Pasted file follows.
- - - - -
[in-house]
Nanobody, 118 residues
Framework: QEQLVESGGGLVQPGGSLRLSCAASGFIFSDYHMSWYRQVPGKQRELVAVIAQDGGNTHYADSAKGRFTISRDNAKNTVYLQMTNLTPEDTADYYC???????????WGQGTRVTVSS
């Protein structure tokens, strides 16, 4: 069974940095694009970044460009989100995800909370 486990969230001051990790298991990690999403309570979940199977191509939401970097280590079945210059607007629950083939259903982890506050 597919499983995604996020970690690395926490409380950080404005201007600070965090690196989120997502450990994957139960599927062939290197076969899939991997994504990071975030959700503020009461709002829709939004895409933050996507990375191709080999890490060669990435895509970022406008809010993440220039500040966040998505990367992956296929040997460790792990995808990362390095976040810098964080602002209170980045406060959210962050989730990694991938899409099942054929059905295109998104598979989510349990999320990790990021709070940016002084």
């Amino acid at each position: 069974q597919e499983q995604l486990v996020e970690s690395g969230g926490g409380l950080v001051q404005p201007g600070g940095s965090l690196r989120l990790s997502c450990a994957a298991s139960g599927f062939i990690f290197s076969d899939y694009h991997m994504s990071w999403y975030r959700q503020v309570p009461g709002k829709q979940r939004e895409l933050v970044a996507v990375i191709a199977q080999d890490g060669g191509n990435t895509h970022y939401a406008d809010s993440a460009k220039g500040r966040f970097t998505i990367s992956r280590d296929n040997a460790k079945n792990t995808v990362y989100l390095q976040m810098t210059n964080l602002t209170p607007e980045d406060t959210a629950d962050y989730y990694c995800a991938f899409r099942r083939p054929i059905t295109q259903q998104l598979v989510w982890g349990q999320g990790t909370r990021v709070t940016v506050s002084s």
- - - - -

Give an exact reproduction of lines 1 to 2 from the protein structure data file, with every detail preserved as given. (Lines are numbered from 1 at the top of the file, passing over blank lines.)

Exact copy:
[in-house]
Nanobody, 118 residues